If we can make artificial intelligent machines that act more human it raises the question of what sort of emotions we'd like them to express.
There is much debate on the ethics of artificial intelligence machines that are designed to kill. But who's responsible when a non-lethal AI system causes damage, harm or even death?
Some have argued we should not ban but embrace offensive autonomous weapons, or 'killer robots'. But the arguments against a ban are weak.
Hey robot sports fans, here's the inside story on how UNSW won the world championship in robot soccer last week.
Why obsess about killer robots of the future, when all the parts are already here, and already in use?
If military robots are inevitable, then AI and robotics researchers should work to make them ethical, not retreat by calling for an ineffectual ban.
Humans are no longer the only judges of creativity. Computers can perform the same task – and may even be more objective.
The thousands of people who signed an open letter calling for a ban on autonomous killer weapons and robots are misguided. We already have such killing machines and we should embrace them.
We need to ban offensive autonomous weapons - or 'killer robots' - before a new arms race to produce them begins.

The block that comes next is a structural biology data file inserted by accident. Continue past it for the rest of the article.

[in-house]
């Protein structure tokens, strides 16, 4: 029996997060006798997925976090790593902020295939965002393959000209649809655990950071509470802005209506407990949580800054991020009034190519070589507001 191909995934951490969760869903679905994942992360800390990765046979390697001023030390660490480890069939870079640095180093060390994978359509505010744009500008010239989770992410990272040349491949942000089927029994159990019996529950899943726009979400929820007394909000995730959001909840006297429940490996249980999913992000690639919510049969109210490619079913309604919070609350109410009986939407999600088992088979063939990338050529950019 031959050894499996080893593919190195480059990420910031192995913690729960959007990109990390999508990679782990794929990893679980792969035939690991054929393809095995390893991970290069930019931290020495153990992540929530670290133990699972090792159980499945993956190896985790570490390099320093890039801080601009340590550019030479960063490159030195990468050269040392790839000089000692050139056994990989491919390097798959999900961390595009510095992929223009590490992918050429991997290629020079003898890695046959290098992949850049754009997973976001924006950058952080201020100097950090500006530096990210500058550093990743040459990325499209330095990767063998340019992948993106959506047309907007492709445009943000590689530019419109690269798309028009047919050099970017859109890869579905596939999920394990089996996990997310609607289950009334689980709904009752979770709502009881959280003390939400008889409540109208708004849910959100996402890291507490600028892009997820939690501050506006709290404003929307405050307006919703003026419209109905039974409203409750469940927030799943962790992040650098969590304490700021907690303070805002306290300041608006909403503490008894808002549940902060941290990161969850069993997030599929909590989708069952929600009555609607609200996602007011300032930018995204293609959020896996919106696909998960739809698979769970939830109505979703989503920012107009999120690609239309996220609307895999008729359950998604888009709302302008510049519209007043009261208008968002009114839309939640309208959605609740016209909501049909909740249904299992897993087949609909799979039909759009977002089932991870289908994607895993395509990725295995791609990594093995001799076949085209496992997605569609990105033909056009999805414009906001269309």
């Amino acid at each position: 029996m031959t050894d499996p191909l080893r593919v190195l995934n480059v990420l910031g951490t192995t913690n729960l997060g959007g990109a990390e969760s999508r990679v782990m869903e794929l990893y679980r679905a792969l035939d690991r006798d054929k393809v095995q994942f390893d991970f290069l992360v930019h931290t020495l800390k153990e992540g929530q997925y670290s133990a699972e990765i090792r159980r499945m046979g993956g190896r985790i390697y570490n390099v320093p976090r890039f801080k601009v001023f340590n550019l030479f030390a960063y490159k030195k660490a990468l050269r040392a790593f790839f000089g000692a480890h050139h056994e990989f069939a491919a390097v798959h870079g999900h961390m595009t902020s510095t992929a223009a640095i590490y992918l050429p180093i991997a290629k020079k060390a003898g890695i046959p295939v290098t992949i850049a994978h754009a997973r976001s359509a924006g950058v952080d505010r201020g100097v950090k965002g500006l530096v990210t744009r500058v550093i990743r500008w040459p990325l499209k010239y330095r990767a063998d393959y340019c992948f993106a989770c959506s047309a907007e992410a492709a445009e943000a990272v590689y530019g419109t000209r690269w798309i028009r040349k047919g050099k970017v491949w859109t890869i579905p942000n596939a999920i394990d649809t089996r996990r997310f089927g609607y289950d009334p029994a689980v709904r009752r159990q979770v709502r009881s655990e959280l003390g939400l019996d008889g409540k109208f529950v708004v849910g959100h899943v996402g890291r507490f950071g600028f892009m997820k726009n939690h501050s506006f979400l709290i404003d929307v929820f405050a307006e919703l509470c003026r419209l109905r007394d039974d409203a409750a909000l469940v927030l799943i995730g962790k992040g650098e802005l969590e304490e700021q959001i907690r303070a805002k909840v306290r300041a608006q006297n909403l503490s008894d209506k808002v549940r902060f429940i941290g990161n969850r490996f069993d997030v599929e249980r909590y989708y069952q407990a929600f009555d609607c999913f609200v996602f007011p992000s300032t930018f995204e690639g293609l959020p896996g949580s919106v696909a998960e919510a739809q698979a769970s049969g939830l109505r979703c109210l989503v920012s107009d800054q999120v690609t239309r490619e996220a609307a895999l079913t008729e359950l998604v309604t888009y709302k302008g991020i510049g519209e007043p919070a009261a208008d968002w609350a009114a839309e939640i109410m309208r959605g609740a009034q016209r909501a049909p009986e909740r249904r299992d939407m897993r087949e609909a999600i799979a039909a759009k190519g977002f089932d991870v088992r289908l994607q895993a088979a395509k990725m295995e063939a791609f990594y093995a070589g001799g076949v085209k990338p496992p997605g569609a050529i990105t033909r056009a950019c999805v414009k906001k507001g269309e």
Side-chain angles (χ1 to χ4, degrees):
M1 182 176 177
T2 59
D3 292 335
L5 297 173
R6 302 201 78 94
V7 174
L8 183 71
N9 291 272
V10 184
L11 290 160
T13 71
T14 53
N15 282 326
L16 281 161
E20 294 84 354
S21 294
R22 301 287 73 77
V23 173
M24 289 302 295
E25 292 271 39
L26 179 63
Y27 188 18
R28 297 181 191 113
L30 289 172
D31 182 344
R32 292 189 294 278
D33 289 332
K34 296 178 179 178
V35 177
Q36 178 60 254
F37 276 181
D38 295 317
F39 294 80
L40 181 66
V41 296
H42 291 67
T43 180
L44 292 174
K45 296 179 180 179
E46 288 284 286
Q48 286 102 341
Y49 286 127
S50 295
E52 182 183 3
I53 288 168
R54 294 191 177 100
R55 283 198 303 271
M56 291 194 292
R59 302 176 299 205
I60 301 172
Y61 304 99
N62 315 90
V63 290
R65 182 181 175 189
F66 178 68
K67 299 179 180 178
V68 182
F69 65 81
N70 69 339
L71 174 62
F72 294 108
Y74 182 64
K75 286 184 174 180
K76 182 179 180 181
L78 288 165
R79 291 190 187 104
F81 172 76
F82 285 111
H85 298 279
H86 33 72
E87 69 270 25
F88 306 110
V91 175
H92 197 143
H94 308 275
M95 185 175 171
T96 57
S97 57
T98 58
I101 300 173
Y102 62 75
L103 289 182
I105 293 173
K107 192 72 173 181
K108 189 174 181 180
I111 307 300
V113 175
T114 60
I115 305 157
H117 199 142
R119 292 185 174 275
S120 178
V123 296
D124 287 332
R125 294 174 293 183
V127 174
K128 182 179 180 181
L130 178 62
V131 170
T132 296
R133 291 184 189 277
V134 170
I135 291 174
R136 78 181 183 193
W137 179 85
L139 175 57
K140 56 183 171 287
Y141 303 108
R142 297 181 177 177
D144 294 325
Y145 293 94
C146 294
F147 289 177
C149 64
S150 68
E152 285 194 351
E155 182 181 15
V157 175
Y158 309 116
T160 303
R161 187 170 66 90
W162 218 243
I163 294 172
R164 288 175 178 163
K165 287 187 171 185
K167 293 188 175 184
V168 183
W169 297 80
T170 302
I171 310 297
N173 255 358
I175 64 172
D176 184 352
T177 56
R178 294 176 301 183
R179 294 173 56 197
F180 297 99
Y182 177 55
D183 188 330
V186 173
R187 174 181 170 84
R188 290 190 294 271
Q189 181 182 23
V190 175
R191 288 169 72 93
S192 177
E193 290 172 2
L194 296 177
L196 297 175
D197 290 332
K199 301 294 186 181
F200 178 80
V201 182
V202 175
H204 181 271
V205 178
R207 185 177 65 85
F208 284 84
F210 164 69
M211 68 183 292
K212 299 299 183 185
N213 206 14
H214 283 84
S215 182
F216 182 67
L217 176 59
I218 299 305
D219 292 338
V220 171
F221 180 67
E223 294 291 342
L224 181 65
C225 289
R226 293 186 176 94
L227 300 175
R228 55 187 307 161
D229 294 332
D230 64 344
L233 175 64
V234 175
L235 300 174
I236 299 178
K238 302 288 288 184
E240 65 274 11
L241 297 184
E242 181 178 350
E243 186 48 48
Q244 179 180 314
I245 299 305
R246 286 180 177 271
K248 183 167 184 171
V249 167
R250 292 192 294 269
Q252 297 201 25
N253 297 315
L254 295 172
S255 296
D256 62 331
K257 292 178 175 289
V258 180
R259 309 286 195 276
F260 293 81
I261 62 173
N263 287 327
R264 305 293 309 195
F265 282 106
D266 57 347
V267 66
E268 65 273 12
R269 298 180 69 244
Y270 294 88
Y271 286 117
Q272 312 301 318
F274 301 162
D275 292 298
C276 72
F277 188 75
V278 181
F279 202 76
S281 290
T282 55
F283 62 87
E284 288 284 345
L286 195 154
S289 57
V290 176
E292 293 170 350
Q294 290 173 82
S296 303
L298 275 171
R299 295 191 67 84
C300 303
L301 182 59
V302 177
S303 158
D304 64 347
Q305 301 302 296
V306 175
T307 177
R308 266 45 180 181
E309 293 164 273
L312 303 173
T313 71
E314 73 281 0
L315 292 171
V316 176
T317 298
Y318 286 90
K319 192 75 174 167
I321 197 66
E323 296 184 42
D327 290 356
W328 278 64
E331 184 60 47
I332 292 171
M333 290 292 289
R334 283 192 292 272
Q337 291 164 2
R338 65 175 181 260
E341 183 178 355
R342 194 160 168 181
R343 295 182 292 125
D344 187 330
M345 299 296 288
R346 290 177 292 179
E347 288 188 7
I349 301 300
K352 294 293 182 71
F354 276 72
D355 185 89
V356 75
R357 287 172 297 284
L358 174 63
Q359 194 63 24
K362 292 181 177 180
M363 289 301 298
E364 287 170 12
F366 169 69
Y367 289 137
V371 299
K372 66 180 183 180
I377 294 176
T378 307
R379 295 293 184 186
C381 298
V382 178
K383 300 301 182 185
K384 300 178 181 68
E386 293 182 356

The competitors of the robot world cup are creeping closer to the goal of a robotic team that can beat the best human players.
Google's image recognition project has not only generated some disturbing images but also tells us something about how we humans identify objects we see.
The rise of robots poses awkward legal questions that we'd be best off tackling sooner rather than later.
Is the rise of the robots on the horizon? Not while closed doors, stairs, and uneven floors still pose a problem.
The Chinese search engine Baidu was found to have cheated in a computer science competition.
Voice recognition technology is getting better at understanding what we are saying, even if we only say part of what we mean. So how does it work?
Why would our software turn against us when without us it's useless?
The more we automate jobs, the more we need to find new jobs for people, especially if the government wants us to stay in the workforce longer. That's going to take some clever thinking.
Some economists and others have argued smart machines are increasingly stealing our jobs. In fact, the opposite may be true.
More STEM education isn't a bad thing, but if we want to safeguard our jobs from being taken by machines, we need more emphasis on the humanities.
Artificial intelligence is the future, but are computers ready to take a seat at the board?